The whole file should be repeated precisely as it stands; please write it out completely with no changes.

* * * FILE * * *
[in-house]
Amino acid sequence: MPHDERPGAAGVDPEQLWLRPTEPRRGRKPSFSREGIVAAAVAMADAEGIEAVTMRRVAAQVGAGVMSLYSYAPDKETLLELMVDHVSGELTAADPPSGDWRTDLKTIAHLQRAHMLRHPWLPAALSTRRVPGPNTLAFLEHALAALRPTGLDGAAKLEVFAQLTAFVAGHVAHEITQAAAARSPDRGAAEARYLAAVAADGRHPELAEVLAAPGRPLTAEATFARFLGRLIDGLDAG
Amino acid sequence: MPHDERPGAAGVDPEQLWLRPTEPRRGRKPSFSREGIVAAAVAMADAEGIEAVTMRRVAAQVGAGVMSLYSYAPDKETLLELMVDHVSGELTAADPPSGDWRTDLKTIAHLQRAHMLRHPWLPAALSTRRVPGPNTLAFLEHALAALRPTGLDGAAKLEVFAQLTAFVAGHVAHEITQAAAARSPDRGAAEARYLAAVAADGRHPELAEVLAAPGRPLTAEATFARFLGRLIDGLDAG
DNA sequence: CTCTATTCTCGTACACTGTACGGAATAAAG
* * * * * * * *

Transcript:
[in-house]
Amino acid sequence: MPHDERPGAAGVDPEQLWLRPTEPRRGRKPSFSREGIVAAAVAMADAEGIEAVTMRRVAAQVGAGVMSLYSYAPDKETLLELMVDHVSGELTAADPPSGDWRTDLKTIAHLQRAHMLRHPWLPAALSTRRVPGPNTLAFLEHALAALRPTGLDGAAKLEVFAQLTAFVAGHVAHEITQAAAARSPDRGAAEARYLAAVAADGRHPELAEVLAAPGRPLTAEATFARFLGRLIDGLDAG
Amino acid sequence: MPHDERPGAAGVDPEQLWLRPTEPRRGRKPSFSREGIVAAAVAMADAEGIEAVTMRRVAAQVGAGVMSLYSYAPDKETLLELMVDHVSGELTAADPPSGDWRTDLKTIAHLQRAHMLRHPWLPAALSTRRVPGPNTLAFLEHALAALRPTGLDGAAKLEVFAQLTAFVAGHVAHEITQAAAARSPDRGAAEARYLAAVAADGRHPELAEVLAAPGRPLTAEATFARFLGRLIDGLDAG
DNA sequence: CTCTATTCTCGTACACTGTACGGAATAAAG